Project Spotlight: Royal Liverpool University Hospital
NBBJ Architects, London
Designed to replace the existing Royal Liverpool Hospital with one of the largest and most advanced facilities in the UK, the new Royal Liverpool University Hospital will be the centrepiece of the proposed Liverpool BioCampus; a pivotal development for the North West and a key element in the regeneration of the ‘Knowledge Quarter’.
Once completed, this £329 million PFI project will boast 646 patient beds including a 40-bed Intensive Therapy Unit, 18 state-of-the-art theatres and a large clinical research facility. The hospital is not only a landmark healthcare scheme for the NHS and its PFI partners; it’s also set to become a major landmark for Liverpool, creating a prestige development that sets the tone for the regenerated Edge Lane Gateway and the university district.
Design and Materials Requirements
This high profile project required high quality external facades to communicate the prestige of the development, and create impact on approaching the building from any direction.
Shackerley’s SureClad® ceramic granite with a honed ‘travertine’ finish was specified for use on the lower levels of the building and its key elevations, contrasting with the curtain walling of the central tower. The facade panel chosen not only answers the contemporary aesthetic and performance requirements of the project; its colour and texture also reference the traditional Portland Stone so prevalent in Liverpool, particularly on the city’s UNESCO World Heritage Site waterfront.
This was one of the most complex cladding projects ever delivered by Shackerley, calling for 8282m2 of SureClad® facade in total. Over 34,000 individual ceramic granite panels were specially cut or calibrated to an exacting schedule based on a modular design comprising 14 standard formats.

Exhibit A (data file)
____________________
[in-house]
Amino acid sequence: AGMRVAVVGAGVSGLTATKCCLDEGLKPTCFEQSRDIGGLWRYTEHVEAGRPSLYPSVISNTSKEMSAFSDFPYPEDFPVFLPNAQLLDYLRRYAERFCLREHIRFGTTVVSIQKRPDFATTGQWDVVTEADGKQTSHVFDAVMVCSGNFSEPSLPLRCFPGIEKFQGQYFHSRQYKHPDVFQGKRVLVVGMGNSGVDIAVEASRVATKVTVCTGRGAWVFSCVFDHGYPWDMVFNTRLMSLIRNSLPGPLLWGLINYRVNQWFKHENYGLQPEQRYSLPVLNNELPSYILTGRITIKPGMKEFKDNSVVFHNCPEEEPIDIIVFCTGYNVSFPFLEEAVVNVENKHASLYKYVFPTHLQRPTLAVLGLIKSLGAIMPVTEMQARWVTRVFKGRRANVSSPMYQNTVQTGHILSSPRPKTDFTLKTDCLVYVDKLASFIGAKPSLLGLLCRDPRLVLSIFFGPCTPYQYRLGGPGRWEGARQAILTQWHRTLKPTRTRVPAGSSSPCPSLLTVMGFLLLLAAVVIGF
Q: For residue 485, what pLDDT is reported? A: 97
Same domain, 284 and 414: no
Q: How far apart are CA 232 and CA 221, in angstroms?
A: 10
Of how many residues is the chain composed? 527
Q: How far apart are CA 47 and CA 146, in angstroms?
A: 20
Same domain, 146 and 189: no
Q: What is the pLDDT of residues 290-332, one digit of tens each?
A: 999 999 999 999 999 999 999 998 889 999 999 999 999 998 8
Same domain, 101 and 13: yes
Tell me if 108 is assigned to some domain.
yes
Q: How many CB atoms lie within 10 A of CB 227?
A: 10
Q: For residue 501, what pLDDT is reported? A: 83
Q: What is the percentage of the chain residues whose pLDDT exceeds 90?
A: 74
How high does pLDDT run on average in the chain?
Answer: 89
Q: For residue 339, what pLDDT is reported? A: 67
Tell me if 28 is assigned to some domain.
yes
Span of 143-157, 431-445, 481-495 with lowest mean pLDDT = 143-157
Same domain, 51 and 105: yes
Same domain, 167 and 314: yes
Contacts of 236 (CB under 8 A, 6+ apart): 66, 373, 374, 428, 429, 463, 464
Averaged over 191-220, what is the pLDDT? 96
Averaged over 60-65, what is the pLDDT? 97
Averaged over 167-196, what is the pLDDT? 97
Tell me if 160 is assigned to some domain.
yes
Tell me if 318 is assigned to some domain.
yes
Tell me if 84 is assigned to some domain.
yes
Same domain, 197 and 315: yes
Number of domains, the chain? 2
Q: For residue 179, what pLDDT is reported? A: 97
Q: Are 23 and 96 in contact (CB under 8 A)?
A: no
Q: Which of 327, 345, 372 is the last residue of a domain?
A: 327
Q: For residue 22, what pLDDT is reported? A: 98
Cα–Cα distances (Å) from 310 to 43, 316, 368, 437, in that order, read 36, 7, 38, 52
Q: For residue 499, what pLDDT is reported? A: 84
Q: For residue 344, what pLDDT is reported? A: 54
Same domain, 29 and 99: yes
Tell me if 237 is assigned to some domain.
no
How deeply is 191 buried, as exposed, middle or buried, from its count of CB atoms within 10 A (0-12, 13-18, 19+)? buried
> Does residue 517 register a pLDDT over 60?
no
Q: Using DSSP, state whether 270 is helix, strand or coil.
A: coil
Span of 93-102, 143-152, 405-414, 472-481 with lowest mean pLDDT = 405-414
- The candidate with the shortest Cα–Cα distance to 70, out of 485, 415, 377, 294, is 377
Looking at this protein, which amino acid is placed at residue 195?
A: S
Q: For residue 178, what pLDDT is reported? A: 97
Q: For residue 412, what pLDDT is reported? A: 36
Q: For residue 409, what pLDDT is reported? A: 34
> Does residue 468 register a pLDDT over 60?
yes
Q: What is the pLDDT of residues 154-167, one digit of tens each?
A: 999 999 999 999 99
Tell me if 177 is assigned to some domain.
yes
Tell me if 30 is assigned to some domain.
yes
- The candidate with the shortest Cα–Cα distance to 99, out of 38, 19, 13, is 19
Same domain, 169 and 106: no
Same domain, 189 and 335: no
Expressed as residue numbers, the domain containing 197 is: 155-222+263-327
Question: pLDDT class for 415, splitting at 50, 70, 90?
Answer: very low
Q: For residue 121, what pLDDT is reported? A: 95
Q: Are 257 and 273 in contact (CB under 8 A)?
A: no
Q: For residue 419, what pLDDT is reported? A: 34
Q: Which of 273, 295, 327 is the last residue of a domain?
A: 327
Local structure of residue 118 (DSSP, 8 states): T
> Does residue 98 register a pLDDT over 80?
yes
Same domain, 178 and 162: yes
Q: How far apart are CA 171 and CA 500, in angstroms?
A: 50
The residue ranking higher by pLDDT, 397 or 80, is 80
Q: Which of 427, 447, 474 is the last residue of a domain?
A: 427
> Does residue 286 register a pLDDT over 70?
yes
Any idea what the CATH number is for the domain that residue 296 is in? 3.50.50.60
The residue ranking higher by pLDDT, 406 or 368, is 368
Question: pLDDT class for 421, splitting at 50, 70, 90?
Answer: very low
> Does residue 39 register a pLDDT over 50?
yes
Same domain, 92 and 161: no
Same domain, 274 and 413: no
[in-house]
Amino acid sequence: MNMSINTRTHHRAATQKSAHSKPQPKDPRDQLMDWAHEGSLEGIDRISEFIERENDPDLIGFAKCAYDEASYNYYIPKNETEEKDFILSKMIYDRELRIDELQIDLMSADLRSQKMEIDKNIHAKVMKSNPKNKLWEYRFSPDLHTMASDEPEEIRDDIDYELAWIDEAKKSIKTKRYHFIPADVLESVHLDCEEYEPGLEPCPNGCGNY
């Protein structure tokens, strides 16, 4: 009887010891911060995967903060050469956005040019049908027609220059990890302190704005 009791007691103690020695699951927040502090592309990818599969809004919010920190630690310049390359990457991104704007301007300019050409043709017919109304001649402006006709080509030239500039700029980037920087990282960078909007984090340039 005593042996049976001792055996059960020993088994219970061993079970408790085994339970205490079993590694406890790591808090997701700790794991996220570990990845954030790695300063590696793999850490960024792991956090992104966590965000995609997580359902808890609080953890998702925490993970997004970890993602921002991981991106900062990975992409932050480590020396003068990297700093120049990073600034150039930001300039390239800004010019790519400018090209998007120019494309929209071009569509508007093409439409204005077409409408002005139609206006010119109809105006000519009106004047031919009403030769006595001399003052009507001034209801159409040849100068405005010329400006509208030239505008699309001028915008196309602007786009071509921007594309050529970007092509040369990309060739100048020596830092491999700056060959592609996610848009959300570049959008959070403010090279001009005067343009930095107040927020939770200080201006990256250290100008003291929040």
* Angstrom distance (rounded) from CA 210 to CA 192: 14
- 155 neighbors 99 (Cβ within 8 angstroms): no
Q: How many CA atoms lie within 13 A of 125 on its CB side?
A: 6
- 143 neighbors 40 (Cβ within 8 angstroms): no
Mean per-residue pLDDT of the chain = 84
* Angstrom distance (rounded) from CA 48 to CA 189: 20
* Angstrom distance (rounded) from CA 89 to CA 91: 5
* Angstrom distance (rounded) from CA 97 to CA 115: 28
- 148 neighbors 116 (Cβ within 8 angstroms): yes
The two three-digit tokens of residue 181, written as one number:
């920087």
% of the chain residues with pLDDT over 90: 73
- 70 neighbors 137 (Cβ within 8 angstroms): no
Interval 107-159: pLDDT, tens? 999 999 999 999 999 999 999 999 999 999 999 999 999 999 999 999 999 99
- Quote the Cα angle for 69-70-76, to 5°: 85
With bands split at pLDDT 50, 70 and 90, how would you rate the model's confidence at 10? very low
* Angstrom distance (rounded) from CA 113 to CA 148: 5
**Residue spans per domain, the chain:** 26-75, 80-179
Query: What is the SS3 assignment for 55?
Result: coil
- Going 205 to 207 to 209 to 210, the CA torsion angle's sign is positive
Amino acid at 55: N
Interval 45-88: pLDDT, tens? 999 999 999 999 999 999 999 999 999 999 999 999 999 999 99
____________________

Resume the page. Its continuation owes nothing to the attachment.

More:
The facade system involved 22km of heavy duty cutting to create the 14 main format panels, along with hundreds of further panels cut to bespoke sizes in line with the precise dimensions of the building.
The majority of these panels were supplied as individual pieces, however, Shackerley also prefabricated more than 8,000 specially bracketed corner sections, returns and reveals as installation-ready units. 150,000 individual stainless steel undercut anchors were used to attach almost 51,000 SureClad® Access System straps and 16,500 brackets. These units required fixing in one plane only, eliminating the need for the carrier support system to be extended around window areas. The visible edges of these pieces were mitred to create neat, ‘birds mouth’ detailing.
Delivery and Installation
The system has been installed by building envelope contractor, FK Group, and the company worked closely with Shackerley to ensure that panels were delivered to site in sequence on a just-in-time basis.
Explains Chris Jones from FK group: “Shackerley’s meticulous quality control and monitoring system was critical when it came to processing a project order of this scale and complexity. Every panel in every batch was specially coded and tracked as it passed through the prefabrication process, palletisation stage and delivery to Liverpool. Each delivery was scheduled strictly in accordance with the installation programme on site, which avoided the potential for any mistakes or delays on site, speeding up installation for our team and aiding quality assurance.”
John Doran, Technical Director at Shackerley adds: “Each and every pre-fabricated SureClad® panel had to be cut and assembled with absolute precision to ensure that the system fitted together accurately on site. The facade was like a giant jigsaw puzzle with a complex configuration of the different panel sizes fitting together in an apparently random but actually very minutely planned layout. The progress of the installation on site relied on Shackerley producing the right panels in the right sequence with total accuracy. In all, we delivered 647 pallets of SureClad® panels to the installation team, adhering very closely to a just-in-time delivery schedule.”